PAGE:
Ben Wants You To Spend Cash
Advisors Capital Management
By John Petrides
September 17, 2012
This week the Federal Reserve launched its third round of monetary policy easing in as many years. Under QE3 (quantitative easing), the Fed will purchase $40 billion of mortgage backed securities on a monthly basis with the purpose of continuing to fuel the housing market. Under QE3, the Fed said it will keep its zero interest rate policy until mid-2015, with the goal of removing market assumptions of a rising rate environment. The Fed is and always will be data dependent, so all of these actions are subject to change. However, the current data on inflation (low) and unemployment (high) allow the Fed to continue these stimulative tactics. As is the case with every round of QE, higher risk assets (stocks) have outperformed lower risk assets (bonds and cash) as investors ask themselves, “If I am not going to get any return on my cash, and bond yields are so low, then I need to get return on my money somehow, maybe buying shares of a healthy mega-cap company like GE with a 3% dividend yield (almost 2x the yield on a US Treasury) isn’t such a bad idea?”
Bernanke is hoping that this continued run of historically low interest rates will finally force the consumer to take out a loan and buy a car. Or move out of their rising rent apartment and buy an affordable home where rates are low and prices depressed. Or maybe reallocate their 401k from a bond mutual fund into a stock mutual fund. On the business side, Bernacke is hoping that the entrepreneurial spirit will continue and businesses of all shapes and sizes will take advantage of these low rates, and reinvest into new technology and other capital expenditures. The Fed Chairman’s ultimate goal is to “punish” consumers/investors for holding onto cash and forcing them to put it to work, which will stimulate demand and the job market. Although the Fed has proven the effectiveness of its role as the lender of last resort and took heroic actions in 2009 to save the financial system, engaging on its third round of QE signals that they are still not satisfied with the results and pace of recovery. Hopefully by now, with over four million jobs added since the end of the financial crisis, and with the housing market recovering, enough momentum has been built for this round of QE to snowball. Risks still remain. With the elections and fiscal cliff on the horizon, and with Europe talking a good game, but still light on details as to the implementation of its actions, and with the Middle East getting more contentious each day, risks are still very real.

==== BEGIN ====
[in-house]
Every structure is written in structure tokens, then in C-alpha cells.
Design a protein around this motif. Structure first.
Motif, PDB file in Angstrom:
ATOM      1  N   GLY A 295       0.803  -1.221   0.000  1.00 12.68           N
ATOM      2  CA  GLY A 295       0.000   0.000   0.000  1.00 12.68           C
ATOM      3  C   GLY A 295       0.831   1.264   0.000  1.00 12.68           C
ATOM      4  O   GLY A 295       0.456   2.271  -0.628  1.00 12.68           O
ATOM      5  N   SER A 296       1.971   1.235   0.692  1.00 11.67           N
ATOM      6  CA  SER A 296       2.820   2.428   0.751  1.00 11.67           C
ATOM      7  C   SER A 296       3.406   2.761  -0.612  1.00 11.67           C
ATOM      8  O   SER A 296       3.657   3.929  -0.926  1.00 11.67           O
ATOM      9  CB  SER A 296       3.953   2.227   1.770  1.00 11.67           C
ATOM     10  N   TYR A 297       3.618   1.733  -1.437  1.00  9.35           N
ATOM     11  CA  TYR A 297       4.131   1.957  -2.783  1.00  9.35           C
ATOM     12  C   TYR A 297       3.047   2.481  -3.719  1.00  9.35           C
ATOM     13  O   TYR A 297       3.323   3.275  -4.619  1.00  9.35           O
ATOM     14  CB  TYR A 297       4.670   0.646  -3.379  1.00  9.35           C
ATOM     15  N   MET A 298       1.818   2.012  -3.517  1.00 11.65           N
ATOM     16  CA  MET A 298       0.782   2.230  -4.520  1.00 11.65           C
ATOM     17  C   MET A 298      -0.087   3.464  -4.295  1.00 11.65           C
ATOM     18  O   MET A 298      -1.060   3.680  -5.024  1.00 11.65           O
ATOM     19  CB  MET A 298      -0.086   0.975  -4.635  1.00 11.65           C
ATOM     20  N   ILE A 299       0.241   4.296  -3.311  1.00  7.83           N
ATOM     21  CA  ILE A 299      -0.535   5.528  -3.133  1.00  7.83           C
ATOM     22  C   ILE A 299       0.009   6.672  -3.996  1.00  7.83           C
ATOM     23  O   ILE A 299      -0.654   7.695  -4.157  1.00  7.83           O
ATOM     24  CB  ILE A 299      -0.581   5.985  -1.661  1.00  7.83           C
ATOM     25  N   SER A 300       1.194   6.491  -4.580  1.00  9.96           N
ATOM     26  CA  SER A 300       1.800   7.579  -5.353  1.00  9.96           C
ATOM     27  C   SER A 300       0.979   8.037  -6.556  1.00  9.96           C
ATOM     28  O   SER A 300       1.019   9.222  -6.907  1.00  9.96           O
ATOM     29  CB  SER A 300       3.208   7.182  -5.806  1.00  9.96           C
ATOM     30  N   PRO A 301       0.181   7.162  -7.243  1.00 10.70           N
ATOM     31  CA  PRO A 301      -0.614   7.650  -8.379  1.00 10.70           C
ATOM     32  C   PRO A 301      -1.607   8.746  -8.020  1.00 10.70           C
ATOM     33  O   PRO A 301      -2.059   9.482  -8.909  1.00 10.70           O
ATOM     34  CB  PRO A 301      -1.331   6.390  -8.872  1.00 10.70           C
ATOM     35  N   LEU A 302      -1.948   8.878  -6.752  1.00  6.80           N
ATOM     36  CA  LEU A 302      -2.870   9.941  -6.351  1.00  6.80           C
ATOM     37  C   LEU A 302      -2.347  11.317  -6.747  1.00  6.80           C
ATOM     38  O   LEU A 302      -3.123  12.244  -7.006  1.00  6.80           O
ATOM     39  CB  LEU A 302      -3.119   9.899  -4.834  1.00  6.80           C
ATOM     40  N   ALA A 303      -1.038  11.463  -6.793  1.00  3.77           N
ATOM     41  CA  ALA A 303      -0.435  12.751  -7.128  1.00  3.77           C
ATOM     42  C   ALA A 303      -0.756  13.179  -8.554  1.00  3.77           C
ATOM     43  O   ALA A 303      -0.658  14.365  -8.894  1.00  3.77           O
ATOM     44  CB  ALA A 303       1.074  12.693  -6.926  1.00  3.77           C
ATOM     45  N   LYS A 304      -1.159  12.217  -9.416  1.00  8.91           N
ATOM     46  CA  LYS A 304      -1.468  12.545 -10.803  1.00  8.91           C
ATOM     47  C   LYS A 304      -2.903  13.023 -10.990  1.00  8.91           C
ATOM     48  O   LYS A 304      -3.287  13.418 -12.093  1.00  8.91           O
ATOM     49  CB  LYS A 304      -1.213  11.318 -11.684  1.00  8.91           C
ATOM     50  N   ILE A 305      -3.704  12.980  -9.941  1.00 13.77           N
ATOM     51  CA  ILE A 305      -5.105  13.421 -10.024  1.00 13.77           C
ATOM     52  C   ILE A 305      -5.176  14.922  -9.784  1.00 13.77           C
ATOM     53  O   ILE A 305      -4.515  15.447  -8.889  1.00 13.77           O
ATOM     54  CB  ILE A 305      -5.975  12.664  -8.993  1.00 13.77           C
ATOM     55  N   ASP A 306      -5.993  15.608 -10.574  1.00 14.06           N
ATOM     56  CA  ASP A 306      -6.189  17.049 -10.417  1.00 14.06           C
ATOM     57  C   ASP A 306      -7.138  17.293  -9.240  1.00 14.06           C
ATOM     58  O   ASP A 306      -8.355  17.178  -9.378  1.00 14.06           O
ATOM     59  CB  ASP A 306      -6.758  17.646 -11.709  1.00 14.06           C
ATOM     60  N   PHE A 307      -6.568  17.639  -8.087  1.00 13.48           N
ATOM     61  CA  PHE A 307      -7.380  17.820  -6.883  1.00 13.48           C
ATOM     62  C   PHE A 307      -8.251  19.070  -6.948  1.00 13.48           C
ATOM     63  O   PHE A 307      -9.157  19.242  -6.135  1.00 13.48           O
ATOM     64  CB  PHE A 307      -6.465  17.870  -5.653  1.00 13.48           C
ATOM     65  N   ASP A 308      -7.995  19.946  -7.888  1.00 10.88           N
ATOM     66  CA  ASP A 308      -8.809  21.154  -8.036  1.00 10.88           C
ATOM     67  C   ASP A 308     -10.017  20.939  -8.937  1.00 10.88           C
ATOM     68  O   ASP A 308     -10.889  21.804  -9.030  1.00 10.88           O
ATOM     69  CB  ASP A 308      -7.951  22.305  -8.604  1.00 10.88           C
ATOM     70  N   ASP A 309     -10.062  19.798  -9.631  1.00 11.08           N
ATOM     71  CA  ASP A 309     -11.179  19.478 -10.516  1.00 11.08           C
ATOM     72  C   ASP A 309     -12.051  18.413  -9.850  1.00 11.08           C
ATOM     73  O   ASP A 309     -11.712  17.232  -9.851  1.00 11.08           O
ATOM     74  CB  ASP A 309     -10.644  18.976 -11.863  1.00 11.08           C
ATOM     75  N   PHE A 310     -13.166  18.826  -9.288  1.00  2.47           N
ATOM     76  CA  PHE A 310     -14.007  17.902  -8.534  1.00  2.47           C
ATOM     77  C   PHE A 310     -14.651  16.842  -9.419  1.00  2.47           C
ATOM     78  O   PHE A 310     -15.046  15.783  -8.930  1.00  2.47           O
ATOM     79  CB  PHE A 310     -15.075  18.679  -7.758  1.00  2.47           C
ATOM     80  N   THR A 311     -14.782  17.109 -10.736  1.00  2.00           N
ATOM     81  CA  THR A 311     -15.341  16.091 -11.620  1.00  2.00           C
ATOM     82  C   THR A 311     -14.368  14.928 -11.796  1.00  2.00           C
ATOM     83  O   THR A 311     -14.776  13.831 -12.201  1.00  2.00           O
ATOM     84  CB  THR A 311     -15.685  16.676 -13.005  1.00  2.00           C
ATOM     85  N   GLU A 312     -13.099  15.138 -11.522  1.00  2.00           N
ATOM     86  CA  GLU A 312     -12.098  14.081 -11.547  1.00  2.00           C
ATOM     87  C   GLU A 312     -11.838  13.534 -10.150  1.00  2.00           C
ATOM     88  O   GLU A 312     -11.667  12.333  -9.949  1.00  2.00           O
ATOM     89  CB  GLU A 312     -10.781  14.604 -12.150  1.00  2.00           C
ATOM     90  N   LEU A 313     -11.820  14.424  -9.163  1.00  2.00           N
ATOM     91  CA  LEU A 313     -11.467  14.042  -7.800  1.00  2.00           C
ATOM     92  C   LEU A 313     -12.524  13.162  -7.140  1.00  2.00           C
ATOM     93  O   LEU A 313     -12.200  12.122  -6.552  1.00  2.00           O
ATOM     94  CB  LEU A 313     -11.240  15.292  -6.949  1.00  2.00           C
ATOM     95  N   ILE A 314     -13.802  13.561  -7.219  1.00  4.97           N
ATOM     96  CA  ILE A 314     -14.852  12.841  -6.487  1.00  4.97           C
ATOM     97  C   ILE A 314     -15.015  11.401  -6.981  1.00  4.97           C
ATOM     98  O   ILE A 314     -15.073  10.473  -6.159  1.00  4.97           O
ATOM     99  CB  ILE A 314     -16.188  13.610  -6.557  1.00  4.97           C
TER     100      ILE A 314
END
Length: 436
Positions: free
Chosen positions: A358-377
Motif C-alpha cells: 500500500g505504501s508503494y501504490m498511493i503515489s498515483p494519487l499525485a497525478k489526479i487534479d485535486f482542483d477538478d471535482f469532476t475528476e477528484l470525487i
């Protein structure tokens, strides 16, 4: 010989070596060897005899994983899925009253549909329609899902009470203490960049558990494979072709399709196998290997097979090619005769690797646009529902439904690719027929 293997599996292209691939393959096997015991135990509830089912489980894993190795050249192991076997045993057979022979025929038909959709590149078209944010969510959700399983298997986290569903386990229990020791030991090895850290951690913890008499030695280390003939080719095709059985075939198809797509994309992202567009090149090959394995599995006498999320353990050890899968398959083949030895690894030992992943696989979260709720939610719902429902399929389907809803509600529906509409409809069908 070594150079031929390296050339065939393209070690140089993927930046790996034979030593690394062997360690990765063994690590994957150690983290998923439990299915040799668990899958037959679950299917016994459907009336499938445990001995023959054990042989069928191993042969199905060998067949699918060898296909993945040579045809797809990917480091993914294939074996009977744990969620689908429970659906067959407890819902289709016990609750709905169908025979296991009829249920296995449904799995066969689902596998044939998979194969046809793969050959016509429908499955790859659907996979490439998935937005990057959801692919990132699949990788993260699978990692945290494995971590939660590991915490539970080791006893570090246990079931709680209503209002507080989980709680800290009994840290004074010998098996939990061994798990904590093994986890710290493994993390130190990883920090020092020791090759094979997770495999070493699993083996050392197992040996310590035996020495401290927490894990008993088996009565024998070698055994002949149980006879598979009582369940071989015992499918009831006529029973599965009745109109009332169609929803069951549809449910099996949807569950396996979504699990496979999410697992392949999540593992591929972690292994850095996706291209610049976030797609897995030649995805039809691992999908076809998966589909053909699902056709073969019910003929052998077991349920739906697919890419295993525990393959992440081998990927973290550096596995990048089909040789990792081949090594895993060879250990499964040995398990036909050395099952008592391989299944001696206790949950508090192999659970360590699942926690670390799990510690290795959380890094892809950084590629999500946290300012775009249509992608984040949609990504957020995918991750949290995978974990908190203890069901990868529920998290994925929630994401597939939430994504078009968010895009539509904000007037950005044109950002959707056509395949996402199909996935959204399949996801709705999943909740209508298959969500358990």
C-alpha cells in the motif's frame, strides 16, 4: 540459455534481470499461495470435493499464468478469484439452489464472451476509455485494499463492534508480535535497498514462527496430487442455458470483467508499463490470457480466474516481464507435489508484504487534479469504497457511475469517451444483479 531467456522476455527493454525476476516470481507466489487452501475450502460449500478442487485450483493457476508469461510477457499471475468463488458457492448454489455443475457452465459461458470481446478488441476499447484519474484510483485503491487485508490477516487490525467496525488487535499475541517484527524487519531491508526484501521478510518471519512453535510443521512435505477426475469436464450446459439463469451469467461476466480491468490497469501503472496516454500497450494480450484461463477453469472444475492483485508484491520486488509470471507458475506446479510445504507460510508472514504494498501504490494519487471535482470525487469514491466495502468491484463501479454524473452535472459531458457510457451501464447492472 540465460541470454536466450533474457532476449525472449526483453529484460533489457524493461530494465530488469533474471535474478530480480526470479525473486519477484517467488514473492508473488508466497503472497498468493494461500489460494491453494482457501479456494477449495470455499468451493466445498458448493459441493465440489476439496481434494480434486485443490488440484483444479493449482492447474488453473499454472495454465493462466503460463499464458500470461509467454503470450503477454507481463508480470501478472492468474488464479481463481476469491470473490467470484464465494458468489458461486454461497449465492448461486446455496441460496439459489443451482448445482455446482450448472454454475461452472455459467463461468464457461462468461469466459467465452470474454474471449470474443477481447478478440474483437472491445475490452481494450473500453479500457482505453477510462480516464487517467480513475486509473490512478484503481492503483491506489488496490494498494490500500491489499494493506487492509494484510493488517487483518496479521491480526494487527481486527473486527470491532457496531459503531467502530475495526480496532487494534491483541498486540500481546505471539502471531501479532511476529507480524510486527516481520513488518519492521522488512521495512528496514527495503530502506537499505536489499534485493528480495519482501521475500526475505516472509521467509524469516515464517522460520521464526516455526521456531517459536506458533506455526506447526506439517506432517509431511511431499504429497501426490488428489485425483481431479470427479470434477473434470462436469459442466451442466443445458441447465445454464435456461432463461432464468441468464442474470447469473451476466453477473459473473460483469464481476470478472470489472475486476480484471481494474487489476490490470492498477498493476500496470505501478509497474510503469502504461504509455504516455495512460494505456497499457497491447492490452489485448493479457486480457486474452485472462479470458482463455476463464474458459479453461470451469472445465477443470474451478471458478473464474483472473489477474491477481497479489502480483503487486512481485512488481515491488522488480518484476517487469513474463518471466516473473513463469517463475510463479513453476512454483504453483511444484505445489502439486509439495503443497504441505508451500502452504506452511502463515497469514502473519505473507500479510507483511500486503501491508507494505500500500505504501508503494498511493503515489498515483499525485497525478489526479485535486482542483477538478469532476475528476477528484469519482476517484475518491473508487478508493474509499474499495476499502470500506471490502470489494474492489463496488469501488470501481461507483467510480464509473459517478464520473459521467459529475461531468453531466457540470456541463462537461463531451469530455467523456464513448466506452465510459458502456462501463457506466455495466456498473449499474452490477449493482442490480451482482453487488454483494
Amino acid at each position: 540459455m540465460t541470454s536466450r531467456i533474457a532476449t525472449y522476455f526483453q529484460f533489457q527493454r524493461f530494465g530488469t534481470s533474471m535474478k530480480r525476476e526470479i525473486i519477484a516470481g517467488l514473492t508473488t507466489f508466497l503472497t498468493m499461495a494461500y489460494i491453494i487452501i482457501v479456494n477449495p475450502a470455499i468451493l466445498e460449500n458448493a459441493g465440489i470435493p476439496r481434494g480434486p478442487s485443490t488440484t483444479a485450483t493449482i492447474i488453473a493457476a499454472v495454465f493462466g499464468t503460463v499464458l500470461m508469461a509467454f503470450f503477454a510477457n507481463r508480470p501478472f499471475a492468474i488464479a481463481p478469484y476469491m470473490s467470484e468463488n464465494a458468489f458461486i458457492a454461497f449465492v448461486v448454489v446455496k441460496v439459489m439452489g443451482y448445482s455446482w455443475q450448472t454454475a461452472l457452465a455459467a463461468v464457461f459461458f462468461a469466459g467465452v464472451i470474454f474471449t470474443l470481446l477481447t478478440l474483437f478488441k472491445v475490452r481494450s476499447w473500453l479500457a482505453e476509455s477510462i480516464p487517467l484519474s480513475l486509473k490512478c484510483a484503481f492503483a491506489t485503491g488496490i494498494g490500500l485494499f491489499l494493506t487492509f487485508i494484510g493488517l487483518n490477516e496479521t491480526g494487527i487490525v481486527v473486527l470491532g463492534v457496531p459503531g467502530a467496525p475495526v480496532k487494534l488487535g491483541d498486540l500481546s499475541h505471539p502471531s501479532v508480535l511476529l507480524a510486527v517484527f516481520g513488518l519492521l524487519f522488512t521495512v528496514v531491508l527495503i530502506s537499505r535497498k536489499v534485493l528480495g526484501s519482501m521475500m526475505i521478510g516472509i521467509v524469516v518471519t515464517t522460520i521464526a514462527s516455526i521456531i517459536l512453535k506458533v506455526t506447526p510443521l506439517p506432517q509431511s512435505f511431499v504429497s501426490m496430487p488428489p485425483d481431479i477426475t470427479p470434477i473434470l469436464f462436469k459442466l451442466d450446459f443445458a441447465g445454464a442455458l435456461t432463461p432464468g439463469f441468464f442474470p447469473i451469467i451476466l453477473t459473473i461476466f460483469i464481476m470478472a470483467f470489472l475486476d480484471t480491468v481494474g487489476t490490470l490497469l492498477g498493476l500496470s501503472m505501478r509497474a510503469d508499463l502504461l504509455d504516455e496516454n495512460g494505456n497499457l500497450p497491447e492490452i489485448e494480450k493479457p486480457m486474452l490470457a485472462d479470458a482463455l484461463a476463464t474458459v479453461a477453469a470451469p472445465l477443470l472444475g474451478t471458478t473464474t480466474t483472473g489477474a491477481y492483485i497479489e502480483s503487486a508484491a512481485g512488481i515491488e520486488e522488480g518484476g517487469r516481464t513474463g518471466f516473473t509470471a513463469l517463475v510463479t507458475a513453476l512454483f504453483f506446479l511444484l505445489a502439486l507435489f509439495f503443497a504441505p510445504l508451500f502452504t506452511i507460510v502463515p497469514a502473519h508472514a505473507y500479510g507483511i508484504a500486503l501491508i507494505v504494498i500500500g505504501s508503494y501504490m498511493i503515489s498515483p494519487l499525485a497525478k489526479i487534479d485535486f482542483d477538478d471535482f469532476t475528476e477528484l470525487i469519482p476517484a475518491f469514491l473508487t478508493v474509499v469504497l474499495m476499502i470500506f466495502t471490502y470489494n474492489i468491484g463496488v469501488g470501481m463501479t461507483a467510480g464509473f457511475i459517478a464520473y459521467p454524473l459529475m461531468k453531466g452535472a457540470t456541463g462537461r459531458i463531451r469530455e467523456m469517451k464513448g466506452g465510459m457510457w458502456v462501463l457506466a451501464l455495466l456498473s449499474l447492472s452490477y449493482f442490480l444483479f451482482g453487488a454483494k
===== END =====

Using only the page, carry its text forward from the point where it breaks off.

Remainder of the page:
What should investors do? None of the Fed actions should change an investor’s financial objectives. Financial objectives should be established based on income needs, an investment time horizon, risk tolerance levels, and specific tax situations. If an investor needs income, they should not become more risk tolerant because the stock market is up, but should be diversifying their income stream into MLPs and high dividend paying stocks because an all bond portfolio is no longer a viable solution. If investors have become uncomfortable with the market volatility over the past few years, then they should look to take a balanced approach to investing, overweighting equities to bonds. However, if an investor has a longer term time horizon, can withstand some volatility, and does not need income now, then they should explore a growth with income or growth strategy. The market has had a strong run recently, but there is still value to be had in certain sectors. If you have any questions or want to discuss ACM’s strategies in more detail, please feel free to contact us.
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